It’s a long story related to global economics and pride, but Royal Enfield lost its footing in the mid-1950s and the company and brand were sold to Madras Motor Company.
Up until 1962 production was a dual effort
by England and India, but the 500 became fully produced in India from 1964 on, and that’s where “Biggie,” According to the ID stamping, “Biggie” was manufactured in Chennai (formerly Madras), India, in January 2017.
16-years of continuous Bullet twin production in England, 1948-64.
1891 Company begins manufacturing bicycles after transitioning from a needle making factory.
1892 Enfield (bicycles) announced to the public by the Enfield Manufacturing Company in Birmingham, England
1901 Enfield produced a car and the 172cc motorcycle. 1901, the factory started making motorcycles and didn’t look back.
1909 First V-twin 297cc produced.
1912 Enfield created a 2.5 hp open-frame two-speed engine; and produced, The Lady Drives, a publication containing letters and photographs of lady riders which was reviewed by The Queen in 1917
1914 First 2-stroke motorcycle fully produced with priority to WWI needs. WWI the Royal Enfield company was firmly established and helped out in the war effort by making bullets for guns.
Above, bikes for WWI factory in 1915.
1924 Increased variety with 8 different models
1928 RE goes to the center-spring girder fork from the Druid Design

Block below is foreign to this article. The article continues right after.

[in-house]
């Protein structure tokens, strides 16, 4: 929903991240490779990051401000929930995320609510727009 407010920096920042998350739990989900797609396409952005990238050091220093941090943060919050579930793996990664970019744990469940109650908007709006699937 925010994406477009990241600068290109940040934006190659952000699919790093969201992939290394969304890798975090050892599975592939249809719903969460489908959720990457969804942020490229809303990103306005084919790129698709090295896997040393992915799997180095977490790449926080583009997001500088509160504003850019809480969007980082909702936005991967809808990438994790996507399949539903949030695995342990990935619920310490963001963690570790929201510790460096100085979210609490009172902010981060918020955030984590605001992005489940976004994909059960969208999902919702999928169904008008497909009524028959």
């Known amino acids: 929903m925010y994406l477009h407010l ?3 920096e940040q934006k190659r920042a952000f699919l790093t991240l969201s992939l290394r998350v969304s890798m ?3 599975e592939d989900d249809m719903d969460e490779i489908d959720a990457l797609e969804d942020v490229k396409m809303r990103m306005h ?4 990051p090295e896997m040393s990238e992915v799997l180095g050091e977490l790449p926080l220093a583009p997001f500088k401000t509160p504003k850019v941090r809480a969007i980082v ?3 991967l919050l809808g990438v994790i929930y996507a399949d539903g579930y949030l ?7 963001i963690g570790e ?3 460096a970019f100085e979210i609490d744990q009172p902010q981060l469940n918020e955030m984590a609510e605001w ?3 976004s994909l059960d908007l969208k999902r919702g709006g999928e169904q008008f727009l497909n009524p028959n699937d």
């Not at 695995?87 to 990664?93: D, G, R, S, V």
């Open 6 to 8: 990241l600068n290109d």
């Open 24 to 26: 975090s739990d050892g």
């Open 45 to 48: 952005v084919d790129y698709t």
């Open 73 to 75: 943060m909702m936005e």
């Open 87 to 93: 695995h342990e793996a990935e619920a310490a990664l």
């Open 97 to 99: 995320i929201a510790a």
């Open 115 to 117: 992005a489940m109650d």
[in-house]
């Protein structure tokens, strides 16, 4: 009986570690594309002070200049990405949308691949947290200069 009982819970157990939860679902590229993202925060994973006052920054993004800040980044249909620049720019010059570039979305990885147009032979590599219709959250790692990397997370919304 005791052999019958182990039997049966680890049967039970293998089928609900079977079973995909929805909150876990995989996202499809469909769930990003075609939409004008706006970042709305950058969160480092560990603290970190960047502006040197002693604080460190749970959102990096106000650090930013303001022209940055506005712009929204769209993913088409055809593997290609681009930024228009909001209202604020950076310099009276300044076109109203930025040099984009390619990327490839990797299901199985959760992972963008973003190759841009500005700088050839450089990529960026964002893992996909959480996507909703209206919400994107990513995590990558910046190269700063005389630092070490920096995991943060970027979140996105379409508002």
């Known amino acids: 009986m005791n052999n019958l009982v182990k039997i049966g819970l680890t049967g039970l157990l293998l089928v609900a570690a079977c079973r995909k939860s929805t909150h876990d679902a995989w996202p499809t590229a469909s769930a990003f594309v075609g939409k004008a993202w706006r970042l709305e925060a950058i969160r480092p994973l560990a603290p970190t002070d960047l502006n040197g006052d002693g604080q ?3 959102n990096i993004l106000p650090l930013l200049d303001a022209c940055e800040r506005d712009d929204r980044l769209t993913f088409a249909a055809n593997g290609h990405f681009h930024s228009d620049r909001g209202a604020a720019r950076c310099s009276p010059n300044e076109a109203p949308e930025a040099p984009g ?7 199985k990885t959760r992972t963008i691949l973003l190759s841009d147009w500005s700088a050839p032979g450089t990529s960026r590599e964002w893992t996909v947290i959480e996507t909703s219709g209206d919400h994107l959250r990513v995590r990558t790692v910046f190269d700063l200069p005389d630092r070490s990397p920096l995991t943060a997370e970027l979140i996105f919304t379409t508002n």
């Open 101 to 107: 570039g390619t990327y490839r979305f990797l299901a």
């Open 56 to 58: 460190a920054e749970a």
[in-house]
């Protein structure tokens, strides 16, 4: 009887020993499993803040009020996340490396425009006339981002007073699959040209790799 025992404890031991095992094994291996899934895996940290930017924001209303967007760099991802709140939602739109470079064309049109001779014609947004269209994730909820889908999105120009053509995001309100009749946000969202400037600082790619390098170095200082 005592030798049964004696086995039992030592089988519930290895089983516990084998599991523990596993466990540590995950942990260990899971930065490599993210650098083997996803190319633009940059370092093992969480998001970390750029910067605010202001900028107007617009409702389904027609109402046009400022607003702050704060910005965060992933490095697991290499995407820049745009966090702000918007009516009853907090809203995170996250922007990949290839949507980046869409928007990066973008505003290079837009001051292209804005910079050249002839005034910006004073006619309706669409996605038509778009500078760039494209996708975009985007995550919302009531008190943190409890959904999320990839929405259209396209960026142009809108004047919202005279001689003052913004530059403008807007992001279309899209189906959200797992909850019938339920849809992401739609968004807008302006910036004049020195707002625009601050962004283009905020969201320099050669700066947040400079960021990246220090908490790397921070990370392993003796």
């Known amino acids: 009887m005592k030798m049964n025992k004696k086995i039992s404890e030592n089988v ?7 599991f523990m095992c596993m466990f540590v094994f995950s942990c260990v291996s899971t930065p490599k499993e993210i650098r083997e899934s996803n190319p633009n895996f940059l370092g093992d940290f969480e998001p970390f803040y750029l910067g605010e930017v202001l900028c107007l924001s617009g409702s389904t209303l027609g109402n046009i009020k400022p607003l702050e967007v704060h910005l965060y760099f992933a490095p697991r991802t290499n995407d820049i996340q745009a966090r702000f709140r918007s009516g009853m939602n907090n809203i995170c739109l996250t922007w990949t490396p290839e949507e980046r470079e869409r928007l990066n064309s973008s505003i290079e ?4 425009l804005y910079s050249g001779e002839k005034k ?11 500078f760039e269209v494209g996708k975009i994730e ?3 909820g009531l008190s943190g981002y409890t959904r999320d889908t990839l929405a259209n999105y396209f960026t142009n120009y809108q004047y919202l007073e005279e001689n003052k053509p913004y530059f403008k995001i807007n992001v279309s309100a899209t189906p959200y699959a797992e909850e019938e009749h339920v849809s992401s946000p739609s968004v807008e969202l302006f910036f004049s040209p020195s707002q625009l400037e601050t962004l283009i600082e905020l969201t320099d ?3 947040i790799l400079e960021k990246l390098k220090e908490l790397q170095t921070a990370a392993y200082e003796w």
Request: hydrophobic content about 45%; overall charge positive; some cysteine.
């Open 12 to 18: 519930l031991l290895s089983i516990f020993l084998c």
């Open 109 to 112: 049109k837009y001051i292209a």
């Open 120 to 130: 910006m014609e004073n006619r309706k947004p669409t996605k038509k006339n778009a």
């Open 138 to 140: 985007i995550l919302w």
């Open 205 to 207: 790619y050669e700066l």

1930 The 350 and 500 CC motorcycles are introduced.
1939-45 RE produced large quantities of motorcycles for the War effort that included sidecars, stretcher cars, and “the Flying Flea,” a 125 cc to drop from planes and light enough for soldiers to carry.
1948 The “New Bullet” was introduced in UK along with production of some parts in India at the Madras Motor Company.
1949 Paris cop on beat riding the RE
1952 India Army requested the Bullet which led to great success and volume production by both the Madras Motor Company and the Reddich Enfield factory.
1955 To increase profit and production, the Reddich factory partnered with India Enfield growing its manufacturing factory in India near Madras (now Chennai)
Not widely known was the Enfield-Indian connection, collaborating on 4 bikes in 1955 like this Indian.
1956 The turn-a-round. England sells company to India Enfield in Madras.
1957, The Royal Enfield motorcycle begins a phase out of production in England and the British Bullet 500 ends for good after 16 years. The Madras plant begins manufacturing the Bullet motorcycle (not just providing parts) under license. India begins exporting the 350 Bullet to UK and Europe.
1989 The “New Bullet” 500cc is released in Classic, Deluxe, and Superstartrim models.
1994 The Eichler Motor Group acquired Enfield India Limited (the Madras factory) and renamed it as ROYAL ENFIELD MOTORS LIMITED
2011 The “ONE RIDE” event (Royal Enfield Motorcycles) was planned for the first Sunday in April (RE riders the world ride) to celebrate the story of Royal Enfield Motorcycles.
2015 Royal Enfield North America established a North American headquarters in Milwaukee, Wisconsin, and is set up for the first direct company distribution outside of India.
2017 Enfield’s newest plant in Vallam Vadagal, near Chennai, is a world-class manufacturing facility dedicated to producing Royal Enfield 350cc machines.
2017 Three new high-tech 350 Enfields introduced, signaling the end of the 500 which would come in 2018.
2018 Royal Enfield Motors Limited discontinued the Bullet 500, ending the Royal Enfield Bullet, a model that had been in production in one form or another for 86 years.